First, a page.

(sample of Chapter 3)
CHAPTER 4 - Wherein we learn to read the
subtle signs of Earth's memories
(sample of Chapter 4)
CHAPTER 5 - Wherein Keeps-the-Lodge tells
a story of times past and says Goodbye
(sample of Chapter 5)
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Sample from Chapter 1
After four hours of hard going, the woods suddenly opened onto a meadow. A rutted road emerged from the trees at the far end of the field, led past a ramshackle one-floor log dwelling, then disappeared once more into the forest. We lay in the underbrush across the road from the cabin, which boasted a sign proclaiming it to be an alehouse.
"The trail ends at that door," I whispered. "Inside, Miss Harrington is being held captive."
"You think after a full week she still lives?" Reverend Harrington asked. "The truth, man."
"Yes," I answered, "she still lives. They arrived here only yesterday, by the look of their tracks, but may have evil plans for her today."
"Praise the Lord we were able to travel faster than they."
I looked at the Reverend. "I would not tarry when on a track that could determine the fate of an innocent young lady." In truth, I knew the kidnappers had holed up during the rain, and their earlier signs showed them dawdling after the first day. On day three, Miss Harrington escaped temporarily, and it took them near a day to locate her and get back on the trail. All this was apparent to anyone who could read the manuscript of the Earth.
"We must act," the preacher said bravely. "There is no time to fetch the authorities."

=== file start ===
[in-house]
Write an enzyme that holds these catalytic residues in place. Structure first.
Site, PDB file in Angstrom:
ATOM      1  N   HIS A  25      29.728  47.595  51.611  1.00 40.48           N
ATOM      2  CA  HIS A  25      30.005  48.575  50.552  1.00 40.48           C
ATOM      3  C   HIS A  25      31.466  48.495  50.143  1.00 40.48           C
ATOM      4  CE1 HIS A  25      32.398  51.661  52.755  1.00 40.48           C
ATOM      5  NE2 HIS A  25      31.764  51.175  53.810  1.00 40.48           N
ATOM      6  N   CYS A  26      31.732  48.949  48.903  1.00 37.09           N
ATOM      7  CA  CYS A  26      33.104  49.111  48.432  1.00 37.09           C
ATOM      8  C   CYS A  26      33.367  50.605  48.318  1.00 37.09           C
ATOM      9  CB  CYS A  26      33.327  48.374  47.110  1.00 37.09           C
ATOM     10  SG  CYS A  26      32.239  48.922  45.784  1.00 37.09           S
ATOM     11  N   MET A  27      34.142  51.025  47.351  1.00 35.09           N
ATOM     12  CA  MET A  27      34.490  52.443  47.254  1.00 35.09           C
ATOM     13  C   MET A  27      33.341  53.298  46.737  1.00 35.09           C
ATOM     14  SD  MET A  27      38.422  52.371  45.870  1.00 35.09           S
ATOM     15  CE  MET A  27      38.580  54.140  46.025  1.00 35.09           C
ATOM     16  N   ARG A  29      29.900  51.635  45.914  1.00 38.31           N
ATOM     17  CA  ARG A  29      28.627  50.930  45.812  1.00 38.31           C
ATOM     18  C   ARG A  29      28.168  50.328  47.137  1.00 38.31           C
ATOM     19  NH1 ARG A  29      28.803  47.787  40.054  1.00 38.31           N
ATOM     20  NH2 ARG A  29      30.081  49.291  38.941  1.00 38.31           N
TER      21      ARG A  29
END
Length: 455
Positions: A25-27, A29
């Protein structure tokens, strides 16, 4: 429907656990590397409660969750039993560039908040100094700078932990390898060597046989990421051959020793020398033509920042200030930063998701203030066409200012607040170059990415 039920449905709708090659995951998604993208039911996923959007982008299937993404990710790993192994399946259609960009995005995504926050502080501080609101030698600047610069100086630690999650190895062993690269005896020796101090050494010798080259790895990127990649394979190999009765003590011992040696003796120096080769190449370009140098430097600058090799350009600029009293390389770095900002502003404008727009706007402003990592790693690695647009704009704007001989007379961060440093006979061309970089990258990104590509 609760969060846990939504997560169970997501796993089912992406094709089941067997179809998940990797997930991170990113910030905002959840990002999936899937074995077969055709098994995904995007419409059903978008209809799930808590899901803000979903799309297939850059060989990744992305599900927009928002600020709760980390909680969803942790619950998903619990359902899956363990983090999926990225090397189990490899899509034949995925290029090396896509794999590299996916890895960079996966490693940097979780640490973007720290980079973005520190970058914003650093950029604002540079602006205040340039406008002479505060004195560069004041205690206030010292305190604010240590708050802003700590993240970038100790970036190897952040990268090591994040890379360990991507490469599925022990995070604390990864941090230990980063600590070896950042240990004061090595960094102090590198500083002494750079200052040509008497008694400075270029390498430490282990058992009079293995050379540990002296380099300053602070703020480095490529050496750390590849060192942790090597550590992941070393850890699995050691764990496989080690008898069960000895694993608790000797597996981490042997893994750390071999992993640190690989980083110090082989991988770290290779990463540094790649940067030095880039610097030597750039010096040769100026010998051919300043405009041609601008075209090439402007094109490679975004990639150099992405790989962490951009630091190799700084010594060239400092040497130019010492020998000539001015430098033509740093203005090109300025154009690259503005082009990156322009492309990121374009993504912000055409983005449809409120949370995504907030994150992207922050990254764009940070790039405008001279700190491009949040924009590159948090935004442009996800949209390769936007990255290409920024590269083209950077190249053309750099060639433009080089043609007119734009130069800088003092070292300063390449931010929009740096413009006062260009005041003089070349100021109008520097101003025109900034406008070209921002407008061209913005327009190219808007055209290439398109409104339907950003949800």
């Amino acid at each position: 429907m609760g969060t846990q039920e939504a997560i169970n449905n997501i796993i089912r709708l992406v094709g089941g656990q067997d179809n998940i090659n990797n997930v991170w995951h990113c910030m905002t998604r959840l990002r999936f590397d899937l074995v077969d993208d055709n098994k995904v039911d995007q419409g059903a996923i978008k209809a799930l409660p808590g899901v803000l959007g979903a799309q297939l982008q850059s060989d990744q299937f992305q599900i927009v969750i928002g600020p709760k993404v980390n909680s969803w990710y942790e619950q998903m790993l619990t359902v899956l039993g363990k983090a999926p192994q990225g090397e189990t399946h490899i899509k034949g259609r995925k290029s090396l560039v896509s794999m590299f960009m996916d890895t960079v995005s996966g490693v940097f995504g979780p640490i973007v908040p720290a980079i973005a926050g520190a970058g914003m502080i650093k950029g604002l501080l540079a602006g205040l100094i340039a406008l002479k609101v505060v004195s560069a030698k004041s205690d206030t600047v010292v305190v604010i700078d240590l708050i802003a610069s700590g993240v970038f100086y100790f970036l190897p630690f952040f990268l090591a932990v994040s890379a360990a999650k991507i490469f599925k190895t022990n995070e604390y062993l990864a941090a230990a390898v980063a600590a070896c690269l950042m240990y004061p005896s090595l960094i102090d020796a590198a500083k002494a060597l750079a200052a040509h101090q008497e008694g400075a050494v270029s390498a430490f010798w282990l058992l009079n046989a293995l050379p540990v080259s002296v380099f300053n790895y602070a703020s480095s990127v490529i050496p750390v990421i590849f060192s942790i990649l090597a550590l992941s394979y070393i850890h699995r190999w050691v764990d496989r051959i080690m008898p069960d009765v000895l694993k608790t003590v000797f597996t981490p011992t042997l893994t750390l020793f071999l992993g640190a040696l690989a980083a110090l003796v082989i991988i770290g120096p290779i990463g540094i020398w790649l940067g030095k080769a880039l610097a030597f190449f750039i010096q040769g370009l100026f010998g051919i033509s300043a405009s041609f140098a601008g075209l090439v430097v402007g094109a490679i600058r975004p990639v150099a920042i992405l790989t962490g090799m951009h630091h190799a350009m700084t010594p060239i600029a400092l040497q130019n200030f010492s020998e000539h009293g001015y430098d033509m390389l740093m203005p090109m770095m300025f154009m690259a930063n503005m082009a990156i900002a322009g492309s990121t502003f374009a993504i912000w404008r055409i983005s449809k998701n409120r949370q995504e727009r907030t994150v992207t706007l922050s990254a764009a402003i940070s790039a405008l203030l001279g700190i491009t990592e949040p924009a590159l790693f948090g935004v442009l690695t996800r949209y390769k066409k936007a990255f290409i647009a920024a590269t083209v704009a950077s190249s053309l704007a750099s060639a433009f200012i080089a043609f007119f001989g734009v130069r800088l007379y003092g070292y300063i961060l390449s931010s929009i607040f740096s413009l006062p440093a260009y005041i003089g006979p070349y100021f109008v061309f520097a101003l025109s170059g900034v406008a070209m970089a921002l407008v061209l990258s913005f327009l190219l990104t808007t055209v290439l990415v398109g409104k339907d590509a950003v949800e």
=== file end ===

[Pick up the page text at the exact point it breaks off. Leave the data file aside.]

"I agree to that," I responded. "While there were five men who kidnapped her, we don't know how many more may be in the saloon."
I sat back and thought for a few minutes. If I had better known the cut-throats we were dealing with, I may have thought things out a bit longer. But I was young, and the preacher was wrapped in the invincibility of his faith.
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Sample from Chapter 2
One of the many teachers I had as a lad was an Uncle named Keeps-the-Lodge. No oil painting in his youth, Keeps was pushing the edges of ancient by the time I came along. In size, he was fairly tall, like most Blackfoots. He had two long braids of grey hair, and a honker that sent shock waves into the Rockies when he sneezed. Watery brown eyes perched close together above his nose, coupled with a slight stoop, gave my Uncle the look of a man peering closely at the world around him. Keeps-the-Lodge always wrapped himself in the same faded-red Hudson Bay blanket which he kept meticulously clean by washing it weekly in the river that flowed just outside our village...
The way an animal moved as it left its tracks was one of his favorite topics, and his face would beam as he gazed at patterns left in the dust by moving creatures. In fact, patterns of all sorts seemed to make up much of the old man's life, from his morning prayers to the meticulous way he arranged his belongings in his lodge. Everything in his life had its place. Everything in Nature flowed into one or more patterns that he had watched closely ever since he was a pup. That accumulated knowledge made him a great hunter and tracker.
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Sample from Chapter 3